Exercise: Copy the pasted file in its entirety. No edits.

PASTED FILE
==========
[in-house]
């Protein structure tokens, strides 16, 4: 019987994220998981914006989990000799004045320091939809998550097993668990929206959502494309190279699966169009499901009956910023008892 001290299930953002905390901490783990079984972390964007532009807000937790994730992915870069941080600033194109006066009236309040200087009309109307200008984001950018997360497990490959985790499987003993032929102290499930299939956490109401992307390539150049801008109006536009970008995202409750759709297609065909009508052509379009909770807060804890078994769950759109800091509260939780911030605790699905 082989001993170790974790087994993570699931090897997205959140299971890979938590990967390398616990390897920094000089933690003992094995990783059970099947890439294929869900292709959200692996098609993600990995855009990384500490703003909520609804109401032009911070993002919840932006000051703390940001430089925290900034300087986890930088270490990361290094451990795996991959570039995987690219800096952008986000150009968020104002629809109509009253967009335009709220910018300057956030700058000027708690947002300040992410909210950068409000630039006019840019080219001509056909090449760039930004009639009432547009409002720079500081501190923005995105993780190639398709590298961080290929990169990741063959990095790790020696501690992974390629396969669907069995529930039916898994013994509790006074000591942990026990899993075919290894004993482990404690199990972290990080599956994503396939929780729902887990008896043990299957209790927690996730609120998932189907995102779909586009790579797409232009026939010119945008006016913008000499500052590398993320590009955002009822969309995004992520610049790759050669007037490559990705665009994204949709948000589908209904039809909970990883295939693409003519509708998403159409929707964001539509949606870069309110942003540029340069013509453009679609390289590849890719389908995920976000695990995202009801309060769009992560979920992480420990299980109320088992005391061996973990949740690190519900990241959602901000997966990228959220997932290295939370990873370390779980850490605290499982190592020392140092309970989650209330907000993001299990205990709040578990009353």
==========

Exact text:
[in-house]
């Protein structure tokens, strides 16, 4: 019987994220998981914006989990000799004045320091939809998550097993668990929206959502494309190279699966169009499901009956910023008892 001290299930953002905390901490783990079984972390964007532009807000937790994730992915870069941080600033194109006066009236309040200087009309109307200008984001950018997360497990490959985790499987003993032929102290499930299939956490109401992307390539150049801008109006536009970008995202409750759709297609065909009508052509379009909770807060804890078994769950759109800091509260939780911030605790699905 082989001993170790974790087994993570699931090897997205959140299971890979938590990967390398616990390897920094000089933690003992094995990783059970099947890439294929869900292709959200692996098609993600990995855009990384500490703003909520609804109401032009911070993002919840932006000051703390940001430089925290900034300087986890930088270490990361290094451990795996991959570039995987690219800096952008986000150009968020104002629809109509009253967009335009709220910018300057956030700058000027708690947002300040992410909210950068409000630039006019840019080219001509056909090449760039930004009639009432547009409002720079500081501190923005995105993780190639398709590298961080290929990169990741063959990095790790020696501690992974390629396969669907069995529930039916898994013994509790006074000591942990026990899993075919290894004993482990404690199990972290990080599956994503396939929780729902887990008896043990299957209790927690996730609120998932189907995102779909586009790579797409232009026939010119945008006016913008000499500052590398993320590009955002009822969309995004992520610049790759050669007037490559990705665009994204949709948000589908209904039809909970990883295939693409003519509708998403159409929707964001539509949606870069309110942003540029340069013509453009679609390289590849890719389908995920976000695990995202009801309060769009992560979920992480420990299980109320088992005391061996973990949740690190519900990241959602901000997966990228959220997932290295939370990873370390779980850490605290499982190592020392140092309970989650209330907000993001299990205990709040578990009353």